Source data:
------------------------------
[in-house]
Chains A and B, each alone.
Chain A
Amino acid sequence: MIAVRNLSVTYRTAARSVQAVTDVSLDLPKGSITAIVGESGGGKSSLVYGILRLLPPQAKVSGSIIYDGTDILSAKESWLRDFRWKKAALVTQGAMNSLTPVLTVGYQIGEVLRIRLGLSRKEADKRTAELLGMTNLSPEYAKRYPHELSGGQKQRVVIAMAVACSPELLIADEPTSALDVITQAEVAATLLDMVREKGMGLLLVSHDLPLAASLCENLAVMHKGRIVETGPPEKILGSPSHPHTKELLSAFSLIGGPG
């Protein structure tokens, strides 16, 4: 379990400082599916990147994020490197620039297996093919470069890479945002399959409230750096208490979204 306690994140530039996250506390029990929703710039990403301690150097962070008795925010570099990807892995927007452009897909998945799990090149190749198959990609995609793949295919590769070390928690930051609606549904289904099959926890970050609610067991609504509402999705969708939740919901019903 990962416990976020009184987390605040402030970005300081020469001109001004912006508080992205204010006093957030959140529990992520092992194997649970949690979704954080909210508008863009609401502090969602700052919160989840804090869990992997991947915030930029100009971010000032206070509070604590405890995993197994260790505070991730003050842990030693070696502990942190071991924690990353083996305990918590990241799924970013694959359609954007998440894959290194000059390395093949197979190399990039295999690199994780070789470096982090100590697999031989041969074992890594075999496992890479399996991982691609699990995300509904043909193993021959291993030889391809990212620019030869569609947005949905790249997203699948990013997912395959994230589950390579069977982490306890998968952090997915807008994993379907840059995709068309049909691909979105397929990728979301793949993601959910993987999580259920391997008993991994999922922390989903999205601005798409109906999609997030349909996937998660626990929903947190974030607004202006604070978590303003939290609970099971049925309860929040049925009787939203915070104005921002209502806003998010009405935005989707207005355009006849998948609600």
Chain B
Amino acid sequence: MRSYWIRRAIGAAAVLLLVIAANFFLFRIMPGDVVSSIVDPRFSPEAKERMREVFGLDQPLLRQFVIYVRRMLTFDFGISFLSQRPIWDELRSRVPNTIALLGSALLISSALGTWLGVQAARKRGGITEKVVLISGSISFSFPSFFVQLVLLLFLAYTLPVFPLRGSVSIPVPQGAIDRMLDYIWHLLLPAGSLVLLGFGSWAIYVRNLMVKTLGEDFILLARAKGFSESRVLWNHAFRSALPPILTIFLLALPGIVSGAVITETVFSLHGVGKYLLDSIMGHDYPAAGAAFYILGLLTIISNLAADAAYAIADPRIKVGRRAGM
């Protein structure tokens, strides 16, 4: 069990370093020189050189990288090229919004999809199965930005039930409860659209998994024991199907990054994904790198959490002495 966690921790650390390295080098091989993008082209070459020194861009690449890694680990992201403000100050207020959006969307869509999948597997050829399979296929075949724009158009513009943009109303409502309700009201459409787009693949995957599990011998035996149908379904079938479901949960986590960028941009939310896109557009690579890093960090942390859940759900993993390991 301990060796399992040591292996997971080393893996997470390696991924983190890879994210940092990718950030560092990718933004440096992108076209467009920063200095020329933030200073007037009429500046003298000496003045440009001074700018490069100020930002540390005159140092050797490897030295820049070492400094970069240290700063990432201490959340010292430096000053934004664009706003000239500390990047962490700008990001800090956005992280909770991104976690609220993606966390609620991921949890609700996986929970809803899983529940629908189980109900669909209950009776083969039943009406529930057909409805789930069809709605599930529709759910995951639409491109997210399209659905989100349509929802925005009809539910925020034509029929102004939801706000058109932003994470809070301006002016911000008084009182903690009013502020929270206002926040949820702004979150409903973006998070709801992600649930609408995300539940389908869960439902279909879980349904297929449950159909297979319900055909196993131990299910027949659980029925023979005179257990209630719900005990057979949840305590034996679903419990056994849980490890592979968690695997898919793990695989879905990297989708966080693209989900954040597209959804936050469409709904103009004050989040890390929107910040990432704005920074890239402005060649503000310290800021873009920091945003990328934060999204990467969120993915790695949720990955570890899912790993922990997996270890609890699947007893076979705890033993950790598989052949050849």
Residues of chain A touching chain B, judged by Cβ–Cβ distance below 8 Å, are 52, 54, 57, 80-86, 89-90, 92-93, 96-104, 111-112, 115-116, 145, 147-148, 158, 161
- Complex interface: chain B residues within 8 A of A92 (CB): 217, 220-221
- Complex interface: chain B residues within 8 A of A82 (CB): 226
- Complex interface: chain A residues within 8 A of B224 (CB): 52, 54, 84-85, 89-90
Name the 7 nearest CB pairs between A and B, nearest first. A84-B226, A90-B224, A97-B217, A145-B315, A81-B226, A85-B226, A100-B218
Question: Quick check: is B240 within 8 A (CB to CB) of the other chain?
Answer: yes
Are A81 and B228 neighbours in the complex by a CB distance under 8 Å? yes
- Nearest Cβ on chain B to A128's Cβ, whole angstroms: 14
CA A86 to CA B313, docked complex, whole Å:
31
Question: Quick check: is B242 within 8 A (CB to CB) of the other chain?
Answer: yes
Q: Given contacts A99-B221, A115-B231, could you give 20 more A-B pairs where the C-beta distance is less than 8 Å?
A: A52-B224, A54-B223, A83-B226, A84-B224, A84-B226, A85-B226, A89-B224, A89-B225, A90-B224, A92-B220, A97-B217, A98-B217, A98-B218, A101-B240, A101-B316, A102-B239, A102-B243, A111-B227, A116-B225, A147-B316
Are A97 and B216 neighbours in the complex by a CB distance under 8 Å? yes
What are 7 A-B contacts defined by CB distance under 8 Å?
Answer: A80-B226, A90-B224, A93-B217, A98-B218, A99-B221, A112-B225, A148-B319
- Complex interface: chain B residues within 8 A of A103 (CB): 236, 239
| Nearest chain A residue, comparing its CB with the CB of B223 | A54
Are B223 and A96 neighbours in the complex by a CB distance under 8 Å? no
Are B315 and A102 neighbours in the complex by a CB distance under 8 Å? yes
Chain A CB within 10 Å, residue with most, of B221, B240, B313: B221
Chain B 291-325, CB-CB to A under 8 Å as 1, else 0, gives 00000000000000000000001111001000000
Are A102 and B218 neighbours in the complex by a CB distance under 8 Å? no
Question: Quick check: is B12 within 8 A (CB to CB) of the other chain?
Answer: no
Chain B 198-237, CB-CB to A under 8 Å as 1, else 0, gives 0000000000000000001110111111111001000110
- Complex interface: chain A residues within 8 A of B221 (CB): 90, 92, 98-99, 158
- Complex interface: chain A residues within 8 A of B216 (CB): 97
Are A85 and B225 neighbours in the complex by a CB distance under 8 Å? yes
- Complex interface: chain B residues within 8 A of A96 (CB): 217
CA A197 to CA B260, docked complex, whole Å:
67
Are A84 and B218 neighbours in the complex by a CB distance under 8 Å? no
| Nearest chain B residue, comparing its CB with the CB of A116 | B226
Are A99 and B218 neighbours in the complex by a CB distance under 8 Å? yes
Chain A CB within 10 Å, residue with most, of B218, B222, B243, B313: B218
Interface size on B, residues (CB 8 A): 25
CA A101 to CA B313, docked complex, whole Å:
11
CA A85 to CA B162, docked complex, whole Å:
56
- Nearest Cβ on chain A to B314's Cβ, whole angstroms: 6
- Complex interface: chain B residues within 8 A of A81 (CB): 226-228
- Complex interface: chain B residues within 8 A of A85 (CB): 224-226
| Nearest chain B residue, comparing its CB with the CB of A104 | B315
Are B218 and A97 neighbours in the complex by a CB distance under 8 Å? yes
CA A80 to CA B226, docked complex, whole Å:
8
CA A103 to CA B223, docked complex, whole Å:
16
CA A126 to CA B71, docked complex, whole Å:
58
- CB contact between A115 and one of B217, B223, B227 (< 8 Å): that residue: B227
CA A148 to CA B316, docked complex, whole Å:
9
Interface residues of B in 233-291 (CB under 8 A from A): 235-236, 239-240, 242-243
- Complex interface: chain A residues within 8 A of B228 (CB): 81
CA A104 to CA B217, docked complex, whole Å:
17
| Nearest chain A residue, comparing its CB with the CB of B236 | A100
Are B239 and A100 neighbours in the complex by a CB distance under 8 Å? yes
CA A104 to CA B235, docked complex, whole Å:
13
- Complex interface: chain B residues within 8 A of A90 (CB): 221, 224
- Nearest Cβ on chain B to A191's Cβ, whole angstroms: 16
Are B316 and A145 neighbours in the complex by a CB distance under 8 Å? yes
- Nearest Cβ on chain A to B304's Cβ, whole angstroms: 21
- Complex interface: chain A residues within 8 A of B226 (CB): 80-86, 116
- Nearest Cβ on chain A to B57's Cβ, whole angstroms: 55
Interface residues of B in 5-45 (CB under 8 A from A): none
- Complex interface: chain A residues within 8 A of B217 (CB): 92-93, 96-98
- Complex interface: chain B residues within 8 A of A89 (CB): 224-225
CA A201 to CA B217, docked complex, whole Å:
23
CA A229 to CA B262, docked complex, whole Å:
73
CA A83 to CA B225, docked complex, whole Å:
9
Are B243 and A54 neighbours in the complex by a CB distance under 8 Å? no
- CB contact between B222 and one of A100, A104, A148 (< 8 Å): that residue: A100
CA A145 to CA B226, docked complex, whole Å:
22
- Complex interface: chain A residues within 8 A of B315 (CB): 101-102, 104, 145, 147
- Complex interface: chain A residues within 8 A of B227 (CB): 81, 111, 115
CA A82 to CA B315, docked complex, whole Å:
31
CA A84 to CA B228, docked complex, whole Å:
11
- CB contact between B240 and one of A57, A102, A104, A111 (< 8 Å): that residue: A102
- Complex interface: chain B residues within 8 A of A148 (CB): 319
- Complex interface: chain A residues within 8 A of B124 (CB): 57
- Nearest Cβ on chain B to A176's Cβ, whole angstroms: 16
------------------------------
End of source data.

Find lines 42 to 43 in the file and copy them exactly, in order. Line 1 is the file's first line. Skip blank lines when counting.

67
Are A84 and B218 neighbours in the complex by a CB distance under 8 Å? no